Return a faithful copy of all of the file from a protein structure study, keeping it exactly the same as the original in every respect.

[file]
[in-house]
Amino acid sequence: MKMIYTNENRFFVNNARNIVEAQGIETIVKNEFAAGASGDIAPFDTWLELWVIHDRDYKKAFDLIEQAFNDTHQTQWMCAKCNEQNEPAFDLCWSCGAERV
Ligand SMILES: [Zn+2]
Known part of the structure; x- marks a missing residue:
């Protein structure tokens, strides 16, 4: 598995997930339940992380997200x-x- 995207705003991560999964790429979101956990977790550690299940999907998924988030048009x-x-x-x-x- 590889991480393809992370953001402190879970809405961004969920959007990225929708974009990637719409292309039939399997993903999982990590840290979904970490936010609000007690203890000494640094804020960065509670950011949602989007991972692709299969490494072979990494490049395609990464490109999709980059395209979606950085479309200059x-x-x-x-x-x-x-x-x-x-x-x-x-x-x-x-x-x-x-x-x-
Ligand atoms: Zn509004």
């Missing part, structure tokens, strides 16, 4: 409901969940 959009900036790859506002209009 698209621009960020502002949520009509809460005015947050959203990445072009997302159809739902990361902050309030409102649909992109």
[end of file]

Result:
[in-house]
Amino acid sequence: MKMIYTNENRFFVNNARNIVEAQGIETIVKNEFAAGASGDIAPFDTWLELWVIHDRDYKKAFDLIEQAFNDTHQTQWMCAKCNEQNEPAFDLCWSCGAERV
Ligand SMILES: [Zn+2]
Known part of the structure; x- marks a missing residue:
């Protein structure tokens, strides 16, 4: 598995997930339940992380997200x-x- 995207705003991560999964790429979101956990977790550690299940999907998924988030048009x-x-x-x-x- 590889991480393809992370953001402190879970809405961004969920959007990225929708974009990637719409292309039939399997993903999982990590840290979904970490936010609000007690203890000494640094804020960065509670950011949602989007991972692709299969490494072979990494490049395609990464490109999709980059395209979606950085479309200059x-x-x-x-x-x-x-x-x-x-x-x-x-x-x-x-x-x-x-x-x-
Ligand atoms: Zn509004």
């Missing part, structure tokens, strides 16, 4: 409901969940 959009900036790859506002209009 698209621009960020502002949520009509809460005015947050959203990445072009997302159809739902990361902050309030409102649909992109």